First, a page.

Refreshments including wine, tea and coffee will be available from 7.30 and this is a chance to chat to village friends and neighbours before the meeting itself starts at 8pm at the Village Hall.

There will be a short presentation concerning the efforts made by the Parish Council to address concerns about speeding in the village and other local traffic issues.

Residents may like to consider whether they want to form a Community Speed Watch Group. A minimum of six volunteers would be required. Speed detection devices would be provided by Surrey Police together with appropriate training.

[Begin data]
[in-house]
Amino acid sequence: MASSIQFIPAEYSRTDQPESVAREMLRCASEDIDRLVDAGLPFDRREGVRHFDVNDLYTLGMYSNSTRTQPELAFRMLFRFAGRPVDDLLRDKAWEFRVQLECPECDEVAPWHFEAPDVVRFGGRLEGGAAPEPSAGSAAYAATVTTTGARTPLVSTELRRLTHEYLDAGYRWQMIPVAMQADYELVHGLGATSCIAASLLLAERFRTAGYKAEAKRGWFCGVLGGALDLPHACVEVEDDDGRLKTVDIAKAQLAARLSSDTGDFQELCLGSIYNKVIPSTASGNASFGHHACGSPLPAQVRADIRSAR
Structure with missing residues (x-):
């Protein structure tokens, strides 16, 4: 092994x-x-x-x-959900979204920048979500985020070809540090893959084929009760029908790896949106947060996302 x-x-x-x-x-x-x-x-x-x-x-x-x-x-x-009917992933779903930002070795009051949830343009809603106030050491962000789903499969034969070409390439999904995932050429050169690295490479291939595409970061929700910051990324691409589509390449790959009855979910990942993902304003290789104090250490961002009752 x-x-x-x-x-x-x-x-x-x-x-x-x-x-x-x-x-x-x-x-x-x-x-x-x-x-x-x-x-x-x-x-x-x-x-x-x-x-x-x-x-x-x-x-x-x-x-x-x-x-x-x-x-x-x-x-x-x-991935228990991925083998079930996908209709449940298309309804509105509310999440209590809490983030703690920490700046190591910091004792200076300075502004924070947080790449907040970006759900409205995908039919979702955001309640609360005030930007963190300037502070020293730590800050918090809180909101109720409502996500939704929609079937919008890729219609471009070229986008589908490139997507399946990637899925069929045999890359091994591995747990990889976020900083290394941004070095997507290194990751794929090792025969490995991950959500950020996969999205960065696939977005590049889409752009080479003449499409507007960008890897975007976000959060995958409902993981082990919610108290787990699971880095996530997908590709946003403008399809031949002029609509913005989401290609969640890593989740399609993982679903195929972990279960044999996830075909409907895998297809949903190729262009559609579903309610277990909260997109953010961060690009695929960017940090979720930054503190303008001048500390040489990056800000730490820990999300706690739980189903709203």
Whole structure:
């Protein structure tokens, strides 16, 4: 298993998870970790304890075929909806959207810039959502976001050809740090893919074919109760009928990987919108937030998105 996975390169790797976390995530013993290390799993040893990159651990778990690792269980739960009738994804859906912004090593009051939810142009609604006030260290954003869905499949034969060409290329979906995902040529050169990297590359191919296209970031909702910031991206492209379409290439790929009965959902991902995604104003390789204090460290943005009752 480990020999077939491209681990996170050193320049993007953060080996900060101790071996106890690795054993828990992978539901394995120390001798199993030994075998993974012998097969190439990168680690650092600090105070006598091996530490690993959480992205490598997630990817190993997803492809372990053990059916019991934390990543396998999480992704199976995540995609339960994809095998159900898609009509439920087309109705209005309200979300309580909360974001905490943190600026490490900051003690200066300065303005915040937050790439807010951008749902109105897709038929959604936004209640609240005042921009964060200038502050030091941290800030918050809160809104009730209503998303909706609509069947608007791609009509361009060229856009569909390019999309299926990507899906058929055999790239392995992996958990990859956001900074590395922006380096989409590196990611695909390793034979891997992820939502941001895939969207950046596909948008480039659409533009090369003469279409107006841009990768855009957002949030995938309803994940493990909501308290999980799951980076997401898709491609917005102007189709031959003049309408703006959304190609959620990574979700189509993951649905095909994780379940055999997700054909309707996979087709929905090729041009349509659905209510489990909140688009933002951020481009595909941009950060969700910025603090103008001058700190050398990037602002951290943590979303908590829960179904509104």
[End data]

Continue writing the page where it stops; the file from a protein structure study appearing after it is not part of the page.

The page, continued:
Full details of this scheme can be found here: www.communityspeedwatch.org

Further details will be provided at the meeting. Mary Grove, a parish councillor, can be contacted in advance for those who wish to register at grovemum@aol.com

Although the parish council can make the necessary arrangements with Surrey Police and register the speedwatch group, it is for villagers to step forward and volunteer if they want this initiative to succeed.

Despite widespread concerns across the village about speeding, both Surrey Police and Surrey County Council Highways engineers have stated that there is no gathered evidence to support this belief. It is highly unlikely that any traffic calming measures can be introduced in Hambledon until there is data to support the proposal. Community Speed Watch is one way in which such evidence may be gathered.